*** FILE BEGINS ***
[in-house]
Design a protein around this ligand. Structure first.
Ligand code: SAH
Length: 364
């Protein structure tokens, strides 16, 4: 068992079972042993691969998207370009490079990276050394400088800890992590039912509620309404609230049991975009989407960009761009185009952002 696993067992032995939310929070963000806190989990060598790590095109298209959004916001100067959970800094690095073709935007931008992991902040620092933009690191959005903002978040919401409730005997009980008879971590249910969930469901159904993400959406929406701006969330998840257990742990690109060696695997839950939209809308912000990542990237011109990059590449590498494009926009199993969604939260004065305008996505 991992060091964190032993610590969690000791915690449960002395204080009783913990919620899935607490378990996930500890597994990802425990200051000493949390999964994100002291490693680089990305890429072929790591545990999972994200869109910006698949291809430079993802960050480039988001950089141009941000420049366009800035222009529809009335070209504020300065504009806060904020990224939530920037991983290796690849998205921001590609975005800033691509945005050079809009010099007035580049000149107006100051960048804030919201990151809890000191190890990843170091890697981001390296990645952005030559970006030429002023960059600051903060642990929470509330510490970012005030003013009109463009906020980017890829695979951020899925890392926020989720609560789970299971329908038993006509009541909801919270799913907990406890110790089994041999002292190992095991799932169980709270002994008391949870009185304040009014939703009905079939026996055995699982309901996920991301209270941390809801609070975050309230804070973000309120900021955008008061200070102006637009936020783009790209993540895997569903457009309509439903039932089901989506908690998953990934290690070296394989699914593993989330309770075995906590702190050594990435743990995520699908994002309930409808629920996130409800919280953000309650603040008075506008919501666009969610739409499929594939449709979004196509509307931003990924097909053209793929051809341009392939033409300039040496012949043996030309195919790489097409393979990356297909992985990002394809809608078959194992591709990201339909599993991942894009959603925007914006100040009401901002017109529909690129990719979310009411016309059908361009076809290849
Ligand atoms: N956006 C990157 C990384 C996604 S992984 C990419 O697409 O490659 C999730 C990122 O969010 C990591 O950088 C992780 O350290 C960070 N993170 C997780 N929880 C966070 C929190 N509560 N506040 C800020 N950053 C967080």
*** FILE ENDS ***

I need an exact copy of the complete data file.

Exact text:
[in-house]
Design a protein around this ligand. Structure first.
Ligand code: SAH
Length: 364
């Protein structure tokens, strides 16, 4: 068992079972042993691969998207370009490079990276050394400088800890992590039912509620309404609230049991975009989407960009761009185009952002 696993067992032995939310929070963000806190989990060598790590095109298209959004916001100067959970800094690095073709935007931008992991902040620092933009690191959005903002978040919401409730005997009980008879971590249910969930469901159904993400959406929406701006969330998840257990742990690109060696695997839950939209809308912000990542990237011109990059590449590498494009926009199993969604939260004065305008996505 991992060091964190032993610590969690000791915690449960002395204080009783913990919620899935607490378990996930500890597994990802425990200051000493949390999964994100002291490693680089990305890429072929790591545990999972994200869109910006698949291809430079993802960050480039988001950089141009941000420049366009800035222009529809009335070209504020300065504009806060904020990224939530920037991983290796690849998205921001590609975005800033691509945005050079809009010099007035580049000149107006100051960048804030919201990151809890000191190890990843170091890697981001390296990645952005030559970006030429002023960059600051903060642990929470509330510490970012005030003013009109463009906020980017890829695979951020899925890392926020989720609560789970299971329908038993006509009541909801919270799913907990406890110790089994041999002292190992095991799932169980709270002994008391949870009185304040009014939703009905079939026996055995699982309901996920991301209270941390809801609070975050309230804070973000309120900021955008008061200070102006637009936020783009790209993540895997569903457009309509439903039932089901989506908690998953990934290690070296394989699914593993989330309770075995906590702190050594990435743990995520699908994002309930409808629920996130409800919280953000309650603040008075506008919501666009969610739409499929594939449709979004196509509307931003990924097909053209793929051809341009392939033409300039040496012949043996030309195919790489097409393979990356297909992985990002394809809608078959194992591709990201339909599993991942894009959603925007914006100040009401901002017109529909690129990719979310009411016309059908361009076809290849
Ligand atoms: N956006 C990157 C990384 C996604 S992984 C990419 O697409 O490659 C999730 C990122 O969010 C990591 O950088 C992780 O350290 C960070 N993170 C997780 N929880 C966070 C929190 N509560 N506040 C800020 N950053 C967080």